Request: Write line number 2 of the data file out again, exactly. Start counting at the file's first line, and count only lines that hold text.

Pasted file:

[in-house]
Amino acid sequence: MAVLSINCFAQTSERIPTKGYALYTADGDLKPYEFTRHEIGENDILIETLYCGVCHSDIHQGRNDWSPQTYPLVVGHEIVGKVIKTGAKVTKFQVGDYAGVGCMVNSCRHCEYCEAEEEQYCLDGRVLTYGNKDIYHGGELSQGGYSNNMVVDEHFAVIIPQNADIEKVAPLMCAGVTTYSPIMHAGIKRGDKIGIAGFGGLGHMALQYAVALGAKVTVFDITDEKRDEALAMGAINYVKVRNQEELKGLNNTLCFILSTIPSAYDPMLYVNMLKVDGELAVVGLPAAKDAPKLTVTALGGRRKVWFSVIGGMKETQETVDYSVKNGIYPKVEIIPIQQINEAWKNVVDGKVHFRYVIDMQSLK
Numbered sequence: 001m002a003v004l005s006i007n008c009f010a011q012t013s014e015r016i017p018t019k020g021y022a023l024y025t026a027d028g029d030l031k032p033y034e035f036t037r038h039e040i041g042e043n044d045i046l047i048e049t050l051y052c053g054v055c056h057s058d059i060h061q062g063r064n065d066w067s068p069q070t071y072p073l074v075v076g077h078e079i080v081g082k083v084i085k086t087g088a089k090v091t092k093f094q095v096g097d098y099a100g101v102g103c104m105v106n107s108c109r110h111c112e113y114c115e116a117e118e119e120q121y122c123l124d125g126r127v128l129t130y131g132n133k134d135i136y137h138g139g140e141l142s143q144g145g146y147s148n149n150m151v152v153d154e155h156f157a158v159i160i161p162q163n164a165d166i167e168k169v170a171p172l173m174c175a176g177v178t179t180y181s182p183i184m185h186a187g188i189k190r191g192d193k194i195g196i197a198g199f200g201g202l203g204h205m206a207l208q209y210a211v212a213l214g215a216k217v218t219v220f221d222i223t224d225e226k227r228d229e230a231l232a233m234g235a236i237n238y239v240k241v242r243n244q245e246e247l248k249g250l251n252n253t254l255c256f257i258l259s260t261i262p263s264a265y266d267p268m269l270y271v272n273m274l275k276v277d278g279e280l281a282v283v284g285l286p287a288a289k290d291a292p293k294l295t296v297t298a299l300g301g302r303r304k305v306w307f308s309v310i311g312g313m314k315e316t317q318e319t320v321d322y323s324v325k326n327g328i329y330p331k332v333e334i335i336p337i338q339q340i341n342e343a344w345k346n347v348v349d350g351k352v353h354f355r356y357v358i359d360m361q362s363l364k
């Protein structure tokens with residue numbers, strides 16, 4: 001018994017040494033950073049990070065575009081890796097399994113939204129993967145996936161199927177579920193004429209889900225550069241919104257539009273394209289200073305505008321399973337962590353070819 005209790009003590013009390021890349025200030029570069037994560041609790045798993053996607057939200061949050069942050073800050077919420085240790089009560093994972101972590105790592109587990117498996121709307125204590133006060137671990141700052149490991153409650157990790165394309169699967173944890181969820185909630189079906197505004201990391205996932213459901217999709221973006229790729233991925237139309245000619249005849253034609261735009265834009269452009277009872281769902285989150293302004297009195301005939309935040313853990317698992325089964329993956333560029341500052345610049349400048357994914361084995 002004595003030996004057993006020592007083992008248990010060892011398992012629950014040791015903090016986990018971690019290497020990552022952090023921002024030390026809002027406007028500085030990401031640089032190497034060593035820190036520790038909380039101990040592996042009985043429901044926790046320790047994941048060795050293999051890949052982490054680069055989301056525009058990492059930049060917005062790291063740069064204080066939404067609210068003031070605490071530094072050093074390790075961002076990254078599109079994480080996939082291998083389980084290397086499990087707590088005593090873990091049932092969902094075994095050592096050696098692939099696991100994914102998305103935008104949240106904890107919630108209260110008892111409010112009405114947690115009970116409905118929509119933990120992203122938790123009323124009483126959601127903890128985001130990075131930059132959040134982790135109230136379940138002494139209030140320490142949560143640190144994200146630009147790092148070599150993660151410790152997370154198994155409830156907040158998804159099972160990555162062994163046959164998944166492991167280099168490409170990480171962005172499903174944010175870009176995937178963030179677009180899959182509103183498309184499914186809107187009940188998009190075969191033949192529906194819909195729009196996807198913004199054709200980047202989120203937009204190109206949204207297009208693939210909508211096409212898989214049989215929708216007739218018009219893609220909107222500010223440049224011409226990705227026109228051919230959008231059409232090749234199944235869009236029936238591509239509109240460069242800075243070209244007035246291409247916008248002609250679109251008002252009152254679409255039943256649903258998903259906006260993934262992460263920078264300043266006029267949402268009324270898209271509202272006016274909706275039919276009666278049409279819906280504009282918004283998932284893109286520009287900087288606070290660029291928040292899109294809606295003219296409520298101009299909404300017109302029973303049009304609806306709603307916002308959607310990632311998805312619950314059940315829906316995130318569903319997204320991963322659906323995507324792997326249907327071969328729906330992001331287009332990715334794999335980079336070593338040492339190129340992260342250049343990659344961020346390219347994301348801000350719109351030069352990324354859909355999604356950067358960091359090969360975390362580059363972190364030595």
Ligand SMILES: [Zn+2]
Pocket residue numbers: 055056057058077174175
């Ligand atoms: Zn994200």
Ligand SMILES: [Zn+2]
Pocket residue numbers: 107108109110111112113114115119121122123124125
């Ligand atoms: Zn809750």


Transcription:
Amino acid sequence: MAVLSINCFAQTSERIPTKGYALYTADGDLKPYEFTRHEIGENDILIETLYCGVCHSDIHQGRNDWSPQTYPLVVGHEIVGKVIKTGAKVTKFQVGDYAGVGCMVNSCRHCEYCEAEEEQYCLDGRVLTYGNKDIYHGGELSQGGYSNNMVVDEHFAVIIPQNADIEKVAPLMCAGVTTYSPIMHAGIKRGDKIGIAGFGGLGHMALQYAVALGAKVTVFDITDEKRDEALAMGAINYVKVRNQEELKGLNNTLCFILSTIPSAYDPMLYVNMLKVDGELAVVGLPAAKDAPKLTVTALGGRRKVWFSVIGGMKETQETVDYSVKNGIYPKVEIIPIQQINEAWKNVVDGKVHFRYVIDMQSLK